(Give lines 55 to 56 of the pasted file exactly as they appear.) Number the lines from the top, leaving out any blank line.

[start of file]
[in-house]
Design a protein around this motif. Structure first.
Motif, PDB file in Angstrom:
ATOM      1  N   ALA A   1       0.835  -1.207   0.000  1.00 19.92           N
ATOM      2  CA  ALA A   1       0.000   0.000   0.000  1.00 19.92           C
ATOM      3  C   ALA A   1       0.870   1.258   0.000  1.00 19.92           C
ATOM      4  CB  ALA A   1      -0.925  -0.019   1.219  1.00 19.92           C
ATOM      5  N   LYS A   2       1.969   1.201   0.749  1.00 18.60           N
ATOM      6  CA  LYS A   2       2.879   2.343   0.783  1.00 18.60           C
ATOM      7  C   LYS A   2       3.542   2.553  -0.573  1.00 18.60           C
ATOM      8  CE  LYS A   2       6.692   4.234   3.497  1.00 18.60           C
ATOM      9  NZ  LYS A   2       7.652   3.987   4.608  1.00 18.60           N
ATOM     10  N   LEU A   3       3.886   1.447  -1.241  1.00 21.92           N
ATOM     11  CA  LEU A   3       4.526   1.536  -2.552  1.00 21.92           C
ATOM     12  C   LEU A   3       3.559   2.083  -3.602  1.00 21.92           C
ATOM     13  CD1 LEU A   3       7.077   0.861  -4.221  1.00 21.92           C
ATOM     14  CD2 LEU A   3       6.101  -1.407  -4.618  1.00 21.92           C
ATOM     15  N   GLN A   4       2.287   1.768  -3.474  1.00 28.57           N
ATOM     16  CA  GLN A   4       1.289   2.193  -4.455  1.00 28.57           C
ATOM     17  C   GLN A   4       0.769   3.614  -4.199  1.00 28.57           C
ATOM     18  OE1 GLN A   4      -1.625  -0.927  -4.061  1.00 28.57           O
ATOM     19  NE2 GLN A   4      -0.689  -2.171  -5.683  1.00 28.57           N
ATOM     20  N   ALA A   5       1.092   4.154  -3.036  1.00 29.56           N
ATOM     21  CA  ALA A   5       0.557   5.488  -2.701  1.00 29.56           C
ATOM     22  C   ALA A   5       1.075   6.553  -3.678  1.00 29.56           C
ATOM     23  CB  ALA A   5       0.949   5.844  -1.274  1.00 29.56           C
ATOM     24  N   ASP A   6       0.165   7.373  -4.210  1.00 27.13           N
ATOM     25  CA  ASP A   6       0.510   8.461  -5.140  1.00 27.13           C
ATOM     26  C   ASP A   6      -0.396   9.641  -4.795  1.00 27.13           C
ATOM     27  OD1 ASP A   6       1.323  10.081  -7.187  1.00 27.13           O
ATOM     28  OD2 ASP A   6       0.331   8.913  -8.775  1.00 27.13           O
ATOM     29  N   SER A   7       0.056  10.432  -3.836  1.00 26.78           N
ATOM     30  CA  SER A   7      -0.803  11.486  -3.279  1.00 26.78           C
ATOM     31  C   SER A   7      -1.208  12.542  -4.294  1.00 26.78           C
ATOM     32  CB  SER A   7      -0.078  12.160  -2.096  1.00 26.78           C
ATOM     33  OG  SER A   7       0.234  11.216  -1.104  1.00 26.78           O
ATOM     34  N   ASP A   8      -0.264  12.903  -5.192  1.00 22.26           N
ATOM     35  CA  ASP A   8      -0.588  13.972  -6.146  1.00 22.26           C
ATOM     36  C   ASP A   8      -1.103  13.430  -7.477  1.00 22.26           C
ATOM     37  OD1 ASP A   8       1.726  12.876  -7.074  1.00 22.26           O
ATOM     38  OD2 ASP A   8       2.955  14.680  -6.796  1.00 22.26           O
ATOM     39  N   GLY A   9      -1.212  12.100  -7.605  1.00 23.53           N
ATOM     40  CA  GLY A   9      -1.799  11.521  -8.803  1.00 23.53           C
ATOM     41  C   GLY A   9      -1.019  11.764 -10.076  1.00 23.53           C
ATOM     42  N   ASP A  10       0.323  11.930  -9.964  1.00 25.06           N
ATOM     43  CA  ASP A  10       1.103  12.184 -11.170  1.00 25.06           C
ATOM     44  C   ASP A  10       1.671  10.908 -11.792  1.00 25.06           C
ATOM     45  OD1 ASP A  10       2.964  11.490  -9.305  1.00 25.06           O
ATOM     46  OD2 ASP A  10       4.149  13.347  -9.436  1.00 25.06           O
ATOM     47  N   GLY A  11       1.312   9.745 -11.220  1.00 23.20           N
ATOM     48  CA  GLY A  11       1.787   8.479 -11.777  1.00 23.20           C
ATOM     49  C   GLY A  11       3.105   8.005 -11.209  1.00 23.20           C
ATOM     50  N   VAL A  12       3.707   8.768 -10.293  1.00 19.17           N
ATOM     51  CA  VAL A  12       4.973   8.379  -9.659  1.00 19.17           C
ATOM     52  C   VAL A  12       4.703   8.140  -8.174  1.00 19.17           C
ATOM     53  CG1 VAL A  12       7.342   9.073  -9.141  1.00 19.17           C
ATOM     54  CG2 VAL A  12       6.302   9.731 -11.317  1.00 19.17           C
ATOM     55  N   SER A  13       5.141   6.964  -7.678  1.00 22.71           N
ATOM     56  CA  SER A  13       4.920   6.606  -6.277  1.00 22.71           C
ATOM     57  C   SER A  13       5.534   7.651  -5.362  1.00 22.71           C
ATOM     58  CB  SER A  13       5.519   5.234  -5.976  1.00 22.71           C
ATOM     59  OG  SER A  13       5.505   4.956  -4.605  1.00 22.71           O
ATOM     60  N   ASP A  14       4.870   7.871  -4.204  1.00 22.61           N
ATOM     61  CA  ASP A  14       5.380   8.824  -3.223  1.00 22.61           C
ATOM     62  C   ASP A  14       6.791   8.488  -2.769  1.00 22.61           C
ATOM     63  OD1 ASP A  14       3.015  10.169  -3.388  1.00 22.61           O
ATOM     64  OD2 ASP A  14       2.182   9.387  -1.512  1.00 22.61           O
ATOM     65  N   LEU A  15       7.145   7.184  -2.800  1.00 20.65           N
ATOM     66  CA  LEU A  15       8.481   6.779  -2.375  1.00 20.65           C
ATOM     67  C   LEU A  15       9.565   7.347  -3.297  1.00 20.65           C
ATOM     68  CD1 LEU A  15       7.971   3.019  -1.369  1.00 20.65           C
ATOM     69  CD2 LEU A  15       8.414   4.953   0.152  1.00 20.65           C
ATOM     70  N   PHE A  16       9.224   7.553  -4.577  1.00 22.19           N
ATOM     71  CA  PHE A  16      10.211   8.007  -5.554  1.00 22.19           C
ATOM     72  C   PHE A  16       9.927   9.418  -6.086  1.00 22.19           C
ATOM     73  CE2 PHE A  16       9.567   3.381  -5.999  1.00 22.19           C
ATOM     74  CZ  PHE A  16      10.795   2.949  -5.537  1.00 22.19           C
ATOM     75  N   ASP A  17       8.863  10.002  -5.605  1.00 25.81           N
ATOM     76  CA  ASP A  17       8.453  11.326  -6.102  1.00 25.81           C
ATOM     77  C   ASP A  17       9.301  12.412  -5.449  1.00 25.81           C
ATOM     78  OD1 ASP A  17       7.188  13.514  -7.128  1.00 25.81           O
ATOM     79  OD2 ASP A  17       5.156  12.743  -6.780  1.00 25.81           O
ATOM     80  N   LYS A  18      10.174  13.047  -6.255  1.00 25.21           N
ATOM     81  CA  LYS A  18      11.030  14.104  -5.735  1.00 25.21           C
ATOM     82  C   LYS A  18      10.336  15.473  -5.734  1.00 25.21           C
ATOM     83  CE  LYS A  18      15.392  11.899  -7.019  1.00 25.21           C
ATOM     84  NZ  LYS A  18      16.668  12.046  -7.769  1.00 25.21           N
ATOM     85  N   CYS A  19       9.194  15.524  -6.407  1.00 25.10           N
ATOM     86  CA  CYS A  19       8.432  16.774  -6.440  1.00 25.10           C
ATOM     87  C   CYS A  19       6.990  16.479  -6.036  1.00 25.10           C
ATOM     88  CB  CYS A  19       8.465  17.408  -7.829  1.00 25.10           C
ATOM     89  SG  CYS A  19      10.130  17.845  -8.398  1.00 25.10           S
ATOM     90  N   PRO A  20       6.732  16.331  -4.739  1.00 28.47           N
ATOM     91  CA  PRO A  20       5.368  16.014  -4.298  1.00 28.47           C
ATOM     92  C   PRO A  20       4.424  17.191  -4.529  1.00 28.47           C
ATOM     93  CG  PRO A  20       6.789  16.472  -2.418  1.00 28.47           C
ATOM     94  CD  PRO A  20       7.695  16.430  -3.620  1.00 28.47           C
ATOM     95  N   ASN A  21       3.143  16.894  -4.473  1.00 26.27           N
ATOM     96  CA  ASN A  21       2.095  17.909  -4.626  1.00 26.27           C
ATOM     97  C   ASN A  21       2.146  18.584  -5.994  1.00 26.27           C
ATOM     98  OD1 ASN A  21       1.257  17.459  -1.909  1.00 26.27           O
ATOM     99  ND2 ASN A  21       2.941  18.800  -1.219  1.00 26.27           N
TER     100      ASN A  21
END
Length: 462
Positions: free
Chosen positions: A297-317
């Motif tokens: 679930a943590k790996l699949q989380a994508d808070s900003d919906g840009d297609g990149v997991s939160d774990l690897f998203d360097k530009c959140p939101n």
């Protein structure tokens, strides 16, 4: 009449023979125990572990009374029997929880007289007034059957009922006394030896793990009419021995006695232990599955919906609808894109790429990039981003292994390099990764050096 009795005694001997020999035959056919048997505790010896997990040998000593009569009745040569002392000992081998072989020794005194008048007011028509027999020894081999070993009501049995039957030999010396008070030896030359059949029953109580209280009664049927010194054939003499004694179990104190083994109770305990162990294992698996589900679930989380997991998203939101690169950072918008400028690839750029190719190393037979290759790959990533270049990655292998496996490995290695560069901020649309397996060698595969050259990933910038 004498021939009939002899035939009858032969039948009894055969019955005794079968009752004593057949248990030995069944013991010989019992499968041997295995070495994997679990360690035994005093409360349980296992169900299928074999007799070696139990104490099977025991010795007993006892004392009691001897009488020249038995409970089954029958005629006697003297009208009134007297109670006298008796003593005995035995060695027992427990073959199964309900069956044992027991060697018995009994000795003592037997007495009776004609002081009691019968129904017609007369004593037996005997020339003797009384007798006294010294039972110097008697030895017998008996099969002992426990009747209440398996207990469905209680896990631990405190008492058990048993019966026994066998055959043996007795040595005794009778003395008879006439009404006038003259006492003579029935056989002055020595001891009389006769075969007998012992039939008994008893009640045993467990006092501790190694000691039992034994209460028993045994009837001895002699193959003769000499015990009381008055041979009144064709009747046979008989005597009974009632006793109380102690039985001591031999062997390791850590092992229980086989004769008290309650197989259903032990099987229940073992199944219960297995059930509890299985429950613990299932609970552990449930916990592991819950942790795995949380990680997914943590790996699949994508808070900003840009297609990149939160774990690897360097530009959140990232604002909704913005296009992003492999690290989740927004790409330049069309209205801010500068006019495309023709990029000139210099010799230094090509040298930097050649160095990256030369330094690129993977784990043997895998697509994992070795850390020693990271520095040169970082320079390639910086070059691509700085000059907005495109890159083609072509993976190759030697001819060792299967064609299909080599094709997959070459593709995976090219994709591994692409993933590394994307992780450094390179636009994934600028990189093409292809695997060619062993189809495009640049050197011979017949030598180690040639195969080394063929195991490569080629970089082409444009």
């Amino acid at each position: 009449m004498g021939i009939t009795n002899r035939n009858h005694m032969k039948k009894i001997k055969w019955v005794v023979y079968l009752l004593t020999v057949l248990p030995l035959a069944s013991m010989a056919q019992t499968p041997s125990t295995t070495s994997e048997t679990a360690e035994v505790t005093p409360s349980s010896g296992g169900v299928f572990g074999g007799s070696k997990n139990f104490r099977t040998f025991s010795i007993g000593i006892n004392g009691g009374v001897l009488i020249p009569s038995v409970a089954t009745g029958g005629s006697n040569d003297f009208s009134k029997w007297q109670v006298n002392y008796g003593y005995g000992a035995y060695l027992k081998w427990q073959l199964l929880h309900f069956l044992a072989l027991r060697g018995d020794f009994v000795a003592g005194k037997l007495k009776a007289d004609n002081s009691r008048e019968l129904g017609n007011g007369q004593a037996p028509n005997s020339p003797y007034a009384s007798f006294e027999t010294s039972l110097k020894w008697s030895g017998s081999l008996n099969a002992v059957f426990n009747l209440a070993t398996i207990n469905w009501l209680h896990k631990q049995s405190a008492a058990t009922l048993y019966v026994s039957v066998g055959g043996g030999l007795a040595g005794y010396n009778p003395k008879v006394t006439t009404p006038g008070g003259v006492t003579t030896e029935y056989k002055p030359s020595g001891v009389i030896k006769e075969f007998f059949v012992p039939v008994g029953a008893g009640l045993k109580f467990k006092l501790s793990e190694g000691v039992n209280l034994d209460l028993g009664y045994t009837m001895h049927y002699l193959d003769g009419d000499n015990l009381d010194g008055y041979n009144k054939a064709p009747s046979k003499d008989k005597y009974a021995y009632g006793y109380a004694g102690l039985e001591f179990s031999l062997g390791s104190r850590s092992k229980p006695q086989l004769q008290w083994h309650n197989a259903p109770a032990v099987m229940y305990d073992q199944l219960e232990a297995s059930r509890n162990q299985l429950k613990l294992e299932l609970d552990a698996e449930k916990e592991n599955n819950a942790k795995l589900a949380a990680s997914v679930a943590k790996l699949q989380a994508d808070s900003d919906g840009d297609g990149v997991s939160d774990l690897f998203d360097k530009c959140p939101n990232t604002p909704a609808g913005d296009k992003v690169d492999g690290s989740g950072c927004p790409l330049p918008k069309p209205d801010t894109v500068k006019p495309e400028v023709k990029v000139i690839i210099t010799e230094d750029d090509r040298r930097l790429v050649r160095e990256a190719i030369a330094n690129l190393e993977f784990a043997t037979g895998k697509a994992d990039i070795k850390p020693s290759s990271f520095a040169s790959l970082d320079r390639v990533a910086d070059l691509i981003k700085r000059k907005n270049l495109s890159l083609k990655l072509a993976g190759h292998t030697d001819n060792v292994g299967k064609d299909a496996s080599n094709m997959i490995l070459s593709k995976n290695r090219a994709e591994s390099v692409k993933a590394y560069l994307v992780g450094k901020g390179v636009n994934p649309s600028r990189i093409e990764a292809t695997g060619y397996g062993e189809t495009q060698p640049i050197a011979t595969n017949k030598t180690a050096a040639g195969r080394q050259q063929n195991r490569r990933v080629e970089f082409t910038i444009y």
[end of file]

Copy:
ATOM     52  C   VAL A  12       4.703   8.140  -8.174  1.00 19.17           C
ATOM     53  CG1 VAL A  12       7.342   9.073  -9.141  1.00 19.17           C